African Journal of
Pharmacy and Pharmacology

  • Abbreviation: Afr. J. Pharm. Pharmacol.
  • Language: English
  • ISSN: 1996-0816
  • DOI: 10.5897/AJPP
  • Start Year: 2007
  • Published Articles: 2148

Full Length Research Paper

Heavy metal concentrations in plants growing in crude oil contaminated soil in Akwa Ibom State, South-Eastern Nigeria

U. A. Essiett1*, G. S. Effiong2, F. O. Ogbemudia1 and E. J. Bruno1
1Department of Botany/Ecological Studies, University of Uyo, Uyo, Akwa Ibom State, Nigeria. 2Department of Soil Science, University of Uyo, Uyo, Akwa Ibom State, Nigeria.
Email: [email protected]

  • Article Number - FFFD70529538
  • Vol.4(7), pp. 465-470, July 2010
  •  Accepted: 20 May 2010
  •  Published: 31 July 2010

Abstract

A field study was conducted to assess heavy metal concentrations in plants grown on crude oil contaminated soil in Akwa Ibom State. Plant samples obtained from polluted and unpolluted (control) sites were digested and analysed for manganese (Mn), iron (Fe), lithium (Li), zinc (Zn), copper (Cu), cadmium (Cd), chromium (Cr), lead (Pb), cobalt (Co), vanadium (V), molybdenum (Mo), mercury (Hg) and selenium (Se). The selected plants were Dissotis erecta (DE), Urena lobata (UL), Selaginella myosurus (SM), Diodia scandens (DS) and Pityrogramma calomelanos (PC).  Considerable amount of Mn and Fe were found to accumulate in all the plants grown on contaminated soil, while other elements assessed were obtained in trace amount. The order of bioacculation of trace metals were Mn > Fe > Zn > Li > Co > Pb > Mo > Cd > V = Hg > Cu = Se > Cr, while the plants accumulated the highest amount of trace metals were found to be in the order of:Dissotis erecta (DE) > U. lobata (UL) > S. myosurus (SM) > D. scandens (DS) > P. calomelanos (PC) indicating that DE and UL plants can be used for remediation of contaminated soils. The result of the correlation analysis showed positive relationships among the trace metals in both contaminated and uncontaminated soils. Results also imply that consuming plants growing in the vicinity of oil spills may pose a health risk to humans and animals.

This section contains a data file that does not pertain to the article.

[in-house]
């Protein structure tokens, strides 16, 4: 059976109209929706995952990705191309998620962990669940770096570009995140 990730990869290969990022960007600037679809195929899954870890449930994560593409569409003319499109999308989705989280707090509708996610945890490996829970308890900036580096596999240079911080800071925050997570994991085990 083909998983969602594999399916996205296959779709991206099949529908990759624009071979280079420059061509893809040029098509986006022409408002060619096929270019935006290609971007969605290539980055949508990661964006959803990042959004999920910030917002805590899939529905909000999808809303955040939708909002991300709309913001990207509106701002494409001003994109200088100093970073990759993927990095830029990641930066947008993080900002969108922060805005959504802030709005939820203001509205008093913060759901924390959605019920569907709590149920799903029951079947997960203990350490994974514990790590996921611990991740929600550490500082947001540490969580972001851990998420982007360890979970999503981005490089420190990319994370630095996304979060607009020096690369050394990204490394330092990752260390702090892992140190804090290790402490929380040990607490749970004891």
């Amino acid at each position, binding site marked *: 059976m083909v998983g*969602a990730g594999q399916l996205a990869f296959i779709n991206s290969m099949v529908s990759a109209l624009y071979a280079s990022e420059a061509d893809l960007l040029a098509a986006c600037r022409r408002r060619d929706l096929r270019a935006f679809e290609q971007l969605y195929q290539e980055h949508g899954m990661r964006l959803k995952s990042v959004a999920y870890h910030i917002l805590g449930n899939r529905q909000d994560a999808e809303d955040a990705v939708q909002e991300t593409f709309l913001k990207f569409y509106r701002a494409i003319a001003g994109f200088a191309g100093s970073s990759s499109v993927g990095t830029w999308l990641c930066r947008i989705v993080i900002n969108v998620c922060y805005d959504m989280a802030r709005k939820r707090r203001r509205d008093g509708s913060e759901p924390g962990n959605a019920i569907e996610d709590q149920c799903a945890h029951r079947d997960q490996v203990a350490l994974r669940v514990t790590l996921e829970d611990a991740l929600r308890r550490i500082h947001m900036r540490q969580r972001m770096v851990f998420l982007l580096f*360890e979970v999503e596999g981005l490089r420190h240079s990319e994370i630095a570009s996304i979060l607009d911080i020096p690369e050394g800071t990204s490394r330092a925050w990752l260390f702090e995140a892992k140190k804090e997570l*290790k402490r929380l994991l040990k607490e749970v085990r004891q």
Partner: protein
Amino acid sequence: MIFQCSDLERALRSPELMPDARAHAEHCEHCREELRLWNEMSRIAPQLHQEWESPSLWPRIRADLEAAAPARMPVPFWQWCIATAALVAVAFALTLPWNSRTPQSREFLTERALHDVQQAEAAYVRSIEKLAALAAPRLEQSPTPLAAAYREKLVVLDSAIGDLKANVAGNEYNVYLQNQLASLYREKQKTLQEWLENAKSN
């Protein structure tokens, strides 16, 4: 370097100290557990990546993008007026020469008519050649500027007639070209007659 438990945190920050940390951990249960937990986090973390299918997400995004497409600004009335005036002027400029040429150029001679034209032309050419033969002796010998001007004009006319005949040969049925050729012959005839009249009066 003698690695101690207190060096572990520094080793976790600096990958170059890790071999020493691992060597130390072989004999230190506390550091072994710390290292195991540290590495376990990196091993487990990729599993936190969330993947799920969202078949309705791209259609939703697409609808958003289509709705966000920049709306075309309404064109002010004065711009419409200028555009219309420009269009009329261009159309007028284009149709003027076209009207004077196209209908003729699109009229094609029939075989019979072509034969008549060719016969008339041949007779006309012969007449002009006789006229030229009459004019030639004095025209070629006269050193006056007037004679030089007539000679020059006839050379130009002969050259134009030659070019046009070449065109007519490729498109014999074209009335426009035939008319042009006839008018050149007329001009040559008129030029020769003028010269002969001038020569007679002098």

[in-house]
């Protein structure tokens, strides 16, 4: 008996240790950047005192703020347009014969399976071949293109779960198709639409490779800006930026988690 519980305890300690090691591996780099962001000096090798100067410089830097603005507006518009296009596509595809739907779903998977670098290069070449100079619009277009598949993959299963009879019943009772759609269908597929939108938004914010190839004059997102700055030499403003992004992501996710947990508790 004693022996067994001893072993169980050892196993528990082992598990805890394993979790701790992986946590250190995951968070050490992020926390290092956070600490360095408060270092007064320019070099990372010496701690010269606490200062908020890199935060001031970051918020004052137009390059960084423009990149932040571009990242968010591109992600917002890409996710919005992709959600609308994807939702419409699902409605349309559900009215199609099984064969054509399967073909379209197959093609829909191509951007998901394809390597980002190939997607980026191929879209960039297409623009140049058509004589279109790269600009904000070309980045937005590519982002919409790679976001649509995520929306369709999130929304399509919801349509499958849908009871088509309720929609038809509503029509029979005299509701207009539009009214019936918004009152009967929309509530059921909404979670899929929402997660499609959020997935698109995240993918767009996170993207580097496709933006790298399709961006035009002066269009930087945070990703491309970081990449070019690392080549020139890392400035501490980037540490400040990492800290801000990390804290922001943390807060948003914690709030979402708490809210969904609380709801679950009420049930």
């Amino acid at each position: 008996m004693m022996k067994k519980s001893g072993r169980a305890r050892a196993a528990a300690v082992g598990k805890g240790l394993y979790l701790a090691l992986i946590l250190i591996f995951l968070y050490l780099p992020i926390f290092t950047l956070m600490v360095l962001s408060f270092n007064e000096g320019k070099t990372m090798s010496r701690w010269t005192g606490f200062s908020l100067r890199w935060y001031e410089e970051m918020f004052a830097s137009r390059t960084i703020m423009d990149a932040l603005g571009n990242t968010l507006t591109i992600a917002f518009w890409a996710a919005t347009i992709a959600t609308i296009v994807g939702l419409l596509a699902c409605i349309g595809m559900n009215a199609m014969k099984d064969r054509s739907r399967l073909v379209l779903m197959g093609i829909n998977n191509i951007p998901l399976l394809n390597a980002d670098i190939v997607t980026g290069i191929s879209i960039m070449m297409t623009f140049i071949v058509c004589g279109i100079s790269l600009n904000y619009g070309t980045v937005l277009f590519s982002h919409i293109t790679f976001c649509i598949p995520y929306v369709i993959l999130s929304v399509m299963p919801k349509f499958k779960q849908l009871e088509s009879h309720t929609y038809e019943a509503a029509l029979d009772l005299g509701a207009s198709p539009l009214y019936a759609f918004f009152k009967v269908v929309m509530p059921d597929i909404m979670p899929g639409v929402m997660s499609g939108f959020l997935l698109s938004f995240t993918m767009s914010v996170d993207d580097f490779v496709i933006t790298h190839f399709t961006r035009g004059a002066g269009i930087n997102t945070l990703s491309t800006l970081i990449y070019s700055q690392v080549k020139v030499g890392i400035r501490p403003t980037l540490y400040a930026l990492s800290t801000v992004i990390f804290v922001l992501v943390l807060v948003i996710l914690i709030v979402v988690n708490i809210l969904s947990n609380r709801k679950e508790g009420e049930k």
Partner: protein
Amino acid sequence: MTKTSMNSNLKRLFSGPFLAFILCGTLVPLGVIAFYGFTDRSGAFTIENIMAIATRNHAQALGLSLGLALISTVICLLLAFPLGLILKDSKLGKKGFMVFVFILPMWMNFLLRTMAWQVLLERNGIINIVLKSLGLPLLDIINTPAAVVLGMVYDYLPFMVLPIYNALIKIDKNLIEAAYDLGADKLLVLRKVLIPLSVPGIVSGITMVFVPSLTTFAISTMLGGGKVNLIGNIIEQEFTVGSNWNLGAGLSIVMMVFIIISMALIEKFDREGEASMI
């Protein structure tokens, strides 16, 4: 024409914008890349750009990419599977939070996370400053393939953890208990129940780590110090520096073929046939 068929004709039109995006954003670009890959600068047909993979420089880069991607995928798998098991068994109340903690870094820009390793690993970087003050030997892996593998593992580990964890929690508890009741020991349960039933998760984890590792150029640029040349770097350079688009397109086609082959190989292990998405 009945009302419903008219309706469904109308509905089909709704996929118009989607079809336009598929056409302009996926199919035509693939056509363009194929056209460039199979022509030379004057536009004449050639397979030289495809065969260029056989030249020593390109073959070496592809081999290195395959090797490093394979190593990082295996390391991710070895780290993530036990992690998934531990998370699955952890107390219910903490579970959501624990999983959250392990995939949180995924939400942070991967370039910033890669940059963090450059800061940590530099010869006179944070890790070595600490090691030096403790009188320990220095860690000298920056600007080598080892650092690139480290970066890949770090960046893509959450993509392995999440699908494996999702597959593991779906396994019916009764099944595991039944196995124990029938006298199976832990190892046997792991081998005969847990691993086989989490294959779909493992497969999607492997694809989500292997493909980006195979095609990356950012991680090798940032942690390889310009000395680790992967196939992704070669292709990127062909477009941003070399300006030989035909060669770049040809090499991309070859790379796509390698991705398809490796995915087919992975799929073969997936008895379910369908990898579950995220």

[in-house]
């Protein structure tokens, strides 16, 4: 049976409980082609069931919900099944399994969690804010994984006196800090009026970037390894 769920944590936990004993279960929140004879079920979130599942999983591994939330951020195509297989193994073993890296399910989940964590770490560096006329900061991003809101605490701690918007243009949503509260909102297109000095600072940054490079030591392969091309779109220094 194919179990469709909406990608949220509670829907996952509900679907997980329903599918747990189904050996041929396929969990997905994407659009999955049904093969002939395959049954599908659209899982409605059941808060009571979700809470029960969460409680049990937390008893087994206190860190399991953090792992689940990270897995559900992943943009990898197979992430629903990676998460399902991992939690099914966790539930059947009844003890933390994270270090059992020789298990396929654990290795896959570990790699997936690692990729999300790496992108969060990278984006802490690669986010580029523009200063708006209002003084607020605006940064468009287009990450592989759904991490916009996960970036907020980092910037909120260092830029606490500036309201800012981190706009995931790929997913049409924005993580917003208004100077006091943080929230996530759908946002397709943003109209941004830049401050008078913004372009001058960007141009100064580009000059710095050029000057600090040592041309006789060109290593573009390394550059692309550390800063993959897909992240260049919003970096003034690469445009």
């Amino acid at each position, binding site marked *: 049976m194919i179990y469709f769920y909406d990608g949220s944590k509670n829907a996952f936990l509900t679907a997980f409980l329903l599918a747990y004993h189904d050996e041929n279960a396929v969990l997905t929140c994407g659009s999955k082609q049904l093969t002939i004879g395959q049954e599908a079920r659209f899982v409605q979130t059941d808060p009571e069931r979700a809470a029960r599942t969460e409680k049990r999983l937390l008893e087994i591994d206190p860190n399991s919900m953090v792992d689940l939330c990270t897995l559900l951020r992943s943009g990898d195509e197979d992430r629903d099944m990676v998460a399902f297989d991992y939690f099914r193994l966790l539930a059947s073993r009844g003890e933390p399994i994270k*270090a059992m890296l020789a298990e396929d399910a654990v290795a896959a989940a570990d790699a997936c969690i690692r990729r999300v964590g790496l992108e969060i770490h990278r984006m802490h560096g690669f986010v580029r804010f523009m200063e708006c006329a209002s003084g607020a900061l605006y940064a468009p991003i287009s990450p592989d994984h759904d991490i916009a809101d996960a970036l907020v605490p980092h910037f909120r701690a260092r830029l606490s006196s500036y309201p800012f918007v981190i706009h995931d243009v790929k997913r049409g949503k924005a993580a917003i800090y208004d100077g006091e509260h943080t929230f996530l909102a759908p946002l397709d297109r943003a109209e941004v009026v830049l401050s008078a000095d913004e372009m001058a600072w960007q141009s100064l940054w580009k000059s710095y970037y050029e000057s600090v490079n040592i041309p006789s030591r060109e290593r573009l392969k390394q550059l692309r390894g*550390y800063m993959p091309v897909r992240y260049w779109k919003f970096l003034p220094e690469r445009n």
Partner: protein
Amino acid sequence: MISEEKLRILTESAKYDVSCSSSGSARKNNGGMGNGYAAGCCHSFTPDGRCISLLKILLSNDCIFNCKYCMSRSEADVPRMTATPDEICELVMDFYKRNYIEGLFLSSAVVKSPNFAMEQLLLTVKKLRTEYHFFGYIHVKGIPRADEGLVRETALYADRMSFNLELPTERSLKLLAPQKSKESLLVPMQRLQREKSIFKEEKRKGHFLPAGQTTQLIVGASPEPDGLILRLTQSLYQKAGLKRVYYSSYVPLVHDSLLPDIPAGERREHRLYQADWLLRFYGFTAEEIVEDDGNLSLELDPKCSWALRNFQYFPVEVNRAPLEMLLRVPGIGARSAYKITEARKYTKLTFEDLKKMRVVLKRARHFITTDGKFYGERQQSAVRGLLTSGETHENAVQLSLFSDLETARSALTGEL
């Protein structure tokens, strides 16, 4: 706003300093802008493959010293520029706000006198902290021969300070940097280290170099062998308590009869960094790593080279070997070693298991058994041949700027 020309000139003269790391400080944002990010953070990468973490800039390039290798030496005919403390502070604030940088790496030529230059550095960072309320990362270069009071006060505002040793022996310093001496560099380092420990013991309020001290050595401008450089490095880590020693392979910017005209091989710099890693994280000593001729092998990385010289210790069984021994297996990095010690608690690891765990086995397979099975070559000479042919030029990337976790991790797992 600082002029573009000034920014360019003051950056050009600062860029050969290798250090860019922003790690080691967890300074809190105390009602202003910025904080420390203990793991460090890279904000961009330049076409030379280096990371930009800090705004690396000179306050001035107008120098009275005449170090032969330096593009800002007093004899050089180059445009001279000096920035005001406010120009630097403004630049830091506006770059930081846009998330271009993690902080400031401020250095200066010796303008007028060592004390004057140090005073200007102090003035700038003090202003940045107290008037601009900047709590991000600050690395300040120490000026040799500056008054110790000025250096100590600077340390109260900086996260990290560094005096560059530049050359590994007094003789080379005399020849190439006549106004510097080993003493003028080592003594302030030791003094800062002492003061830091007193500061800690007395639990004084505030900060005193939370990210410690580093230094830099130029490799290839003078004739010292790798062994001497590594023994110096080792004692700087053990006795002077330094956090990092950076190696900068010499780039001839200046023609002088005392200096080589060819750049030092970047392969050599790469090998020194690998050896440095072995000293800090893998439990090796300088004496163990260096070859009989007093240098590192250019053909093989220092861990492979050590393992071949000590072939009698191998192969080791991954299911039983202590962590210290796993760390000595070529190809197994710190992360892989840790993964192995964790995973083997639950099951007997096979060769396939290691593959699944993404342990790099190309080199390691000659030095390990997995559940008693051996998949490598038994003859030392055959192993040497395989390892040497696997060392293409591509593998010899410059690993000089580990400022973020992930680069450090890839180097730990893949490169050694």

Key words: Crude oil, contamination, heavy metal, phytoremediation, Nigeria.

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